Jeannette: I must agree. I saw 3 thumbs down on your answer and thought, What?!!! Your comment about anti-trust was golden!!!
But since I'm not a real estate agent, I can answer that!!! Rich, the "typical" is dropping from about 6% to about 5%. This is the commission the seller pays and is split with the buyer's agent. However, that is a national figure and I don't know the local figure. Here is my post from another person's question about selling.
"You need to know what they put in the MLS for the co-broke. If they charge you 6% commission and only put 2% in the MLS as the co-broke, very few other agents will show your home. If they put 4% in as the co-broke, you are getting your listing agent for very cheap and should have more buyers agents showing your home than usual but probably less marketing dollars spent than usual. Don't just assume that if you list for 6% that the fee is split 50/50. Also, do NOT take their word for it that the "standard" commission is 6%. If they say that, make them show you all the listings in your area and in your price range. If it is anything like Oak Park, 16 listings had a co-broke of 2.5%-x, 2 listings had a co-broke of 2.5%, one listing had a co-broke of 3% and one listing that had been on the market for over a year had a co-broke of 2%."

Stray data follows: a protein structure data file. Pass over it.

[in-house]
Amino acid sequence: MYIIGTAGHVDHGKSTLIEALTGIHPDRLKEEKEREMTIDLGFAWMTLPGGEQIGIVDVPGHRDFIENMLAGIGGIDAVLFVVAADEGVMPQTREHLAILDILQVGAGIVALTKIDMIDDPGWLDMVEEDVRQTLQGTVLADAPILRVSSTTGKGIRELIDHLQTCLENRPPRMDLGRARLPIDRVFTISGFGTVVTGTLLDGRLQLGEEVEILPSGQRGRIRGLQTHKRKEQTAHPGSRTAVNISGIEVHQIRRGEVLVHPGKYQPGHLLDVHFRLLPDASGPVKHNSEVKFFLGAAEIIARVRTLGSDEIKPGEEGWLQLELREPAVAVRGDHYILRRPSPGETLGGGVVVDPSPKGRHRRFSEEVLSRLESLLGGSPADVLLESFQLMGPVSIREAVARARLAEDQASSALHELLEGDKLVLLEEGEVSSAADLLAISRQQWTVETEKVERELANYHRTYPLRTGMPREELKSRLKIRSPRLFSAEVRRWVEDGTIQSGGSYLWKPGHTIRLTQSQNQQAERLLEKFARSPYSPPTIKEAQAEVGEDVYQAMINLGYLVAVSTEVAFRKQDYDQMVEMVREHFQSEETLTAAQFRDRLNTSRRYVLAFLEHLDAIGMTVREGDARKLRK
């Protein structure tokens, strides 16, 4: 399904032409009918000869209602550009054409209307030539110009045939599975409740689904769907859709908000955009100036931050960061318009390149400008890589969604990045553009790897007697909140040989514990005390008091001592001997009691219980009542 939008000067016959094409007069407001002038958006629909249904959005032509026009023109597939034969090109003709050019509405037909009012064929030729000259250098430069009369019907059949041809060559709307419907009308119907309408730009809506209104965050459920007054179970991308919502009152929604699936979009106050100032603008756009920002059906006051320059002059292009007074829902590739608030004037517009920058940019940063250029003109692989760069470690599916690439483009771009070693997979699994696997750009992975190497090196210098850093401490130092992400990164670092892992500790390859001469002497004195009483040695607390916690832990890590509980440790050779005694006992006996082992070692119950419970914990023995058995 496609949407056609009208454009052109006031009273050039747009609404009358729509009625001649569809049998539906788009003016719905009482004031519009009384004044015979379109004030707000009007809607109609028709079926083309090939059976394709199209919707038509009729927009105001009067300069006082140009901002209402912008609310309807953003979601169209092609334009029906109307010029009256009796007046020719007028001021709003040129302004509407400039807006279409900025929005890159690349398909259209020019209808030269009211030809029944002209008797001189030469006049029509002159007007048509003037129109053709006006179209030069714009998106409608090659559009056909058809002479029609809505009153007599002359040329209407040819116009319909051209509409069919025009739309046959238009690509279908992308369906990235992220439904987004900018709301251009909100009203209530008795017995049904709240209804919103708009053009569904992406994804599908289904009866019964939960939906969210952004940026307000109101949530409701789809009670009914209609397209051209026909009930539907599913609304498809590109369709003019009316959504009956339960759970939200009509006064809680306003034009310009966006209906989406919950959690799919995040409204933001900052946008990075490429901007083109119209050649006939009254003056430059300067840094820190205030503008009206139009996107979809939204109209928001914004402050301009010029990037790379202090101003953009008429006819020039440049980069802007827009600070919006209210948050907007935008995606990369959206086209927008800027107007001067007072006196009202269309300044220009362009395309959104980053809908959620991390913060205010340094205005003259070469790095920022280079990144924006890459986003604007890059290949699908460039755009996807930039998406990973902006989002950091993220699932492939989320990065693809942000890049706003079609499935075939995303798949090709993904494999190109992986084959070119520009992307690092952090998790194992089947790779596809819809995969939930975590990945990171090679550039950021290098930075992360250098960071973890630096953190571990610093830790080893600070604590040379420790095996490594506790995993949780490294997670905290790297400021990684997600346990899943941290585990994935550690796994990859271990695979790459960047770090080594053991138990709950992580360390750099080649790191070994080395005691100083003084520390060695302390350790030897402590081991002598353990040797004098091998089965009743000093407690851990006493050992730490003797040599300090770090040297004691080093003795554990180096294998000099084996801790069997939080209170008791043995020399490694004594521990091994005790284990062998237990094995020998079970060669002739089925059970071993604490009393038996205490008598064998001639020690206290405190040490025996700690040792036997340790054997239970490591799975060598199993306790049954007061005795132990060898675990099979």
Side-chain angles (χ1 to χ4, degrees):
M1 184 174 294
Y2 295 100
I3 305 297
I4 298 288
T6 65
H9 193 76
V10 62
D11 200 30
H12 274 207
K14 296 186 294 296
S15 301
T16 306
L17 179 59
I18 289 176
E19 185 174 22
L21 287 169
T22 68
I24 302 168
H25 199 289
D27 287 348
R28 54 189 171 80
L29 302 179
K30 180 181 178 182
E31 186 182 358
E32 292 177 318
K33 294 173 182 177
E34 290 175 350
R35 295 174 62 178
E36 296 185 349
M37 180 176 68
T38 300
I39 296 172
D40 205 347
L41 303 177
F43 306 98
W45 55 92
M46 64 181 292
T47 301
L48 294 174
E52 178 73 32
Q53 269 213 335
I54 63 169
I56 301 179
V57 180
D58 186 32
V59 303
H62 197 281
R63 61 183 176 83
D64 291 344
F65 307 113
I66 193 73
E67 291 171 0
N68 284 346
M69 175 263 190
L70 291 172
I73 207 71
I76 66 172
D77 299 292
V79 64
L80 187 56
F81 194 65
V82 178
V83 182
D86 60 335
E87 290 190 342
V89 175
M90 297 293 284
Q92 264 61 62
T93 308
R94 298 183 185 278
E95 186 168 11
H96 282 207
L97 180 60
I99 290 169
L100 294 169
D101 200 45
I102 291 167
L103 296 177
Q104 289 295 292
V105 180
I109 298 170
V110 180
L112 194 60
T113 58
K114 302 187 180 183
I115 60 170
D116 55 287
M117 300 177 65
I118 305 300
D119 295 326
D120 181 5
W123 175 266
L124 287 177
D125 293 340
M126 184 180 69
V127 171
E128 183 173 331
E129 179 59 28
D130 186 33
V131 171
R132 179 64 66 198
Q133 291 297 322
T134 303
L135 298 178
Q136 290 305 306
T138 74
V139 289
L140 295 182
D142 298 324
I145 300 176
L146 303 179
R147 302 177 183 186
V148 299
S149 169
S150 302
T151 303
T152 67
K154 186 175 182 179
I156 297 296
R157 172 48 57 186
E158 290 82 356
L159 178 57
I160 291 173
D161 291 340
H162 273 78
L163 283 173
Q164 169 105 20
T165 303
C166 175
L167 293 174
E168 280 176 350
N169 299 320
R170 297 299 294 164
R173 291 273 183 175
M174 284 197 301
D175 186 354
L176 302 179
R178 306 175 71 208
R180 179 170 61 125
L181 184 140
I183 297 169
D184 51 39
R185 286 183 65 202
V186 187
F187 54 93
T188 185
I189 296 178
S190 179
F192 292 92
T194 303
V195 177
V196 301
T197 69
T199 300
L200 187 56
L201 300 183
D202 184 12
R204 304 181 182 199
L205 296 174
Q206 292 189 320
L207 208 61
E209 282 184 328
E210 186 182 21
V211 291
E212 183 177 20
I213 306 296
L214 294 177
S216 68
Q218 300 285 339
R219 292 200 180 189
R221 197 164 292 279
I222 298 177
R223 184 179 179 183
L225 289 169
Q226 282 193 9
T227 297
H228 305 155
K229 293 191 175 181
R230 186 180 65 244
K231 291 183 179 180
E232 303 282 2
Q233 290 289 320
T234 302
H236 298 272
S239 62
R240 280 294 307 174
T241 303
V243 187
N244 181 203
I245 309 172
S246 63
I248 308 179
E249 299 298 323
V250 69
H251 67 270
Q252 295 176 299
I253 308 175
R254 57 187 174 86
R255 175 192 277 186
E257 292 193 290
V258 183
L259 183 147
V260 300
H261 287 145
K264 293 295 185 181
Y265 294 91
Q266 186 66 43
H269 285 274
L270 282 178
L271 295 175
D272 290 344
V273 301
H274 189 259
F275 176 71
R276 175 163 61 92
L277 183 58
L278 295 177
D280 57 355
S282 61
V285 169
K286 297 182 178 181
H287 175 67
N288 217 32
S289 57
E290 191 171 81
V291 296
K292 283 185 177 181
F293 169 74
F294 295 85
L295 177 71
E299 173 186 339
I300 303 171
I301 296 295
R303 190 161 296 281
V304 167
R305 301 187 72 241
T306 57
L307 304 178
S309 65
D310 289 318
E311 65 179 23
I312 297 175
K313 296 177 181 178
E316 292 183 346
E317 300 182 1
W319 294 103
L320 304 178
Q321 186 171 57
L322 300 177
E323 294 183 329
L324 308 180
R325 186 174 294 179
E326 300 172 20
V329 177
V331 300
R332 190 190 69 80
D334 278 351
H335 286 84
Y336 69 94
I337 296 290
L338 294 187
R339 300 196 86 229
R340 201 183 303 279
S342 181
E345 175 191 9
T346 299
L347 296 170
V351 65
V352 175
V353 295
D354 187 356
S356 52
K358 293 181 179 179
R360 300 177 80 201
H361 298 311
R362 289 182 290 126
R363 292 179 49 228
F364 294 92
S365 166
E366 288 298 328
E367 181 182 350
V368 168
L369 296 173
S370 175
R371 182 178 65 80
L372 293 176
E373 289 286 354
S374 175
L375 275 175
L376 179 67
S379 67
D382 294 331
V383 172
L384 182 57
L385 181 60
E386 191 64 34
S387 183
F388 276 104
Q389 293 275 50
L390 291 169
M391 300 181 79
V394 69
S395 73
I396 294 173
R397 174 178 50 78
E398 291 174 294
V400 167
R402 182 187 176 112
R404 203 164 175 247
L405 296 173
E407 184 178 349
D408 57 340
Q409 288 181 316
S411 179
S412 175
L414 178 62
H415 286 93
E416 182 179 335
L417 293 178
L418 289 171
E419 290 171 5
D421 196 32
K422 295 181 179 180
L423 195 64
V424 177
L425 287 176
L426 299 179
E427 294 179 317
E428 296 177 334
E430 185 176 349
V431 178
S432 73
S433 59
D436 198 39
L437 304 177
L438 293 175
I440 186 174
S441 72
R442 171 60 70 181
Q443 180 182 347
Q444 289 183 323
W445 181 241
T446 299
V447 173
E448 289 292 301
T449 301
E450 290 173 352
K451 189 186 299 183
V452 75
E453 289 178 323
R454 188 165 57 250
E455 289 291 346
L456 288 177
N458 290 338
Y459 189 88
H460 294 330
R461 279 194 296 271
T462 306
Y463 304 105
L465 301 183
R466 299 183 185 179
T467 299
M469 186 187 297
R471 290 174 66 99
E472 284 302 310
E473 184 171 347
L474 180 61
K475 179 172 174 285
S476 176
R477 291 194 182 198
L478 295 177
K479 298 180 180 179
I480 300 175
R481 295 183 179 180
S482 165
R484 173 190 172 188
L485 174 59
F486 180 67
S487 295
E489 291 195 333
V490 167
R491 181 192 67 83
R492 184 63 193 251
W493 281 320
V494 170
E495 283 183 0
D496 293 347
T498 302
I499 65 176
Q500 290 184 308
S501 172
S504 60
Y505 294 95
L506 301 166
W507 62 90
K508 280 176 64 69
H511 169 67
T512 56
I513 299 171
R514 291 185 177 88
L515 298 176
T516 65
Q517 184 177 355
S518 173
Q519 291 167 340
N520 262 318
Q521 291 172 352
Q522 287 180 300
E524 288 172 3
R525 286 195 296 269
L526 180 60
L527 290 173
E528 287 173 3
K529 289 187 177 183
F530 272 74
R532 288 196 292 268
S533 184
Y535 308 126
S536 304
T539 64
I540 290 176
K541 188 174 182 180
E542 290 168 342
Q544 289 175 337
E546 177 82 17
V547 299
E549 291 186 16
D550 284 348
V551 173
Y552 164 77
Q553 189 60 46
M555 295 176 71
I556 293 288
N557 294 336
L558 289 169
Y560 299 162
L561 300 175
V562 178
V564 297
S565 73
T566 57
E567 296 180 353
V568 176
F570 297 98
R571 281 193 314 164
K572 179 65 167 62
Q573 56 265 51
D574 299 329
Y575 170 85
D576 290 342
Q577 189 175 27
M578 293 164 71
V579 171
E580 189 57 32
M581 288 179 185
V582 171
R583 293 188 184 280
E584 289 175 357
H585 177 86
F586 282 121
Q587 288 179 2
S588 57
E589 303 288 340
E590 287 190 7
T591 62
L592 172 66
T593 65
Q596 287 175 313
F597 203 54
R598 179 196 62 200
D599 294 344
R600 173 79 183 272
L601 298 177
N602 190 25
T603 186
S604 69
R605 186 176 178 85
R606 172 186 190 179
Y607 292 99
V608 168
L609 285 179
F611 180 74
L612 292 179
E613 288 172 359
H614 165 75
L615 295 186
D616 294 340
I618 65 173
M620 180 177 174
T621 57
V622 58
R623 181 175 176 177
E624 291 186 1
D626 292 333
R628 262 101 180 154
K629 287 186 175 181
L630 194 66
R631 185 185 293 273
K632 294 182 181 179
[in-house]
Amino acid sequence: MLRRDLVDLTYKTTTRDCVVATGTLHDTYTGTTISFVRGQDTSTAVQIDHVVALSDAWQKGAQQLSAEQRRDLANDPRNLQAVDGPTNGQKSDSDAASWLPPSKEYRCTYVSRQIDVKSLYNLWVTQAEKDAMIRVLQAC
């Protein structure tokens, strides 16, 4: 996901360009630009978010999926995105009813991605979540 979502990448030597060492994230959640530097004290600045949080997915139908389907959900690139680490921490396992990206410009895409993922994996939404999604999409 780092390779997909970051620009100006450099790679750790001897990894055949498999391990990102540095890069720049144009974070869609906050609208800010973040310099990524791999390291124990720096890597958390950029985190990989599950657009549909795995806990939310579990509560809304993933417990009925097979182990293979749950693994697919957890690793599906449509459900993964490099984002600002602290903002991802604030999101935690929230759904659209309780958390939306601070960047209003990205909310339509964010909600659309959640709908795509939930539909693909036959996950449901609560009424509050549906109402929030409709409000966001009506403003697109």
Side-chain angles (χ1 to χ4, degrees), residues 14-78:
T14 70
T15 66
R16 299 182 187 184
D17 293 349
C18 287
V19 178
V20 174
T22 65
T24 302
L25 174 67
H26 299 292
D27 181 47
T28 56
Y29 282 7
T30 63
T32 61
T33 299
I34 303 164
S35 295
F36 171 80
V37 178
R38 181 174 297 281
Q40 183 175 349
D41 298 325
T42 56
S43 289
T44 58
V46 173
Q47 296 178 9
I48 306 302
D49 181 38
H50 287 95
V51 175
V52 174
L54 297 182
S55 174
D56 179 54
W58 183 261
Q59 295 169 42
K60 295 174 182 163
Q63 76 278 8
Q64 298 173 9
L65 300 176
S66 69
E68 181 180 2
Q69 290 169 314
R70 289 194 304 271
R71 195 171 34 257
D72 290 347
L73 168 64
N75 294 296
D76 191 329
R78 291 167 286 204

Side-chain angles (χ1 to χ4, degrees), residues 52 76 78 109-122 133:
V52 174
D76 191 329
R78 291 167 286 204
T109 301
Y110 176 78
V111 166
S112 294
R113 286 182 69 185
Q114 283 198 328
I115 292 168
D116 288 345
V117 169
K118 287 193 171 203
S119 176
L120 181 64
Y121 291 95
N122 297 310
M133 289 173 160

Rich, as a buyer, if you want to your agent to show you that house that has been on the market for a year with only a 2% co-broke, you might have to pony up the additional .5%.
Please also keep in mind, commission might be 10% for lots or condos. When you meet with a Buyer's agent, they can explain all of this to you. Even if they are a buyer's agent that charges YOU to show the property, they will NOT charge you to find out the rules and fees. For the most part, as a buyer, this isn't something you need to worry about. Just make sure you know what your signing before you sign anything.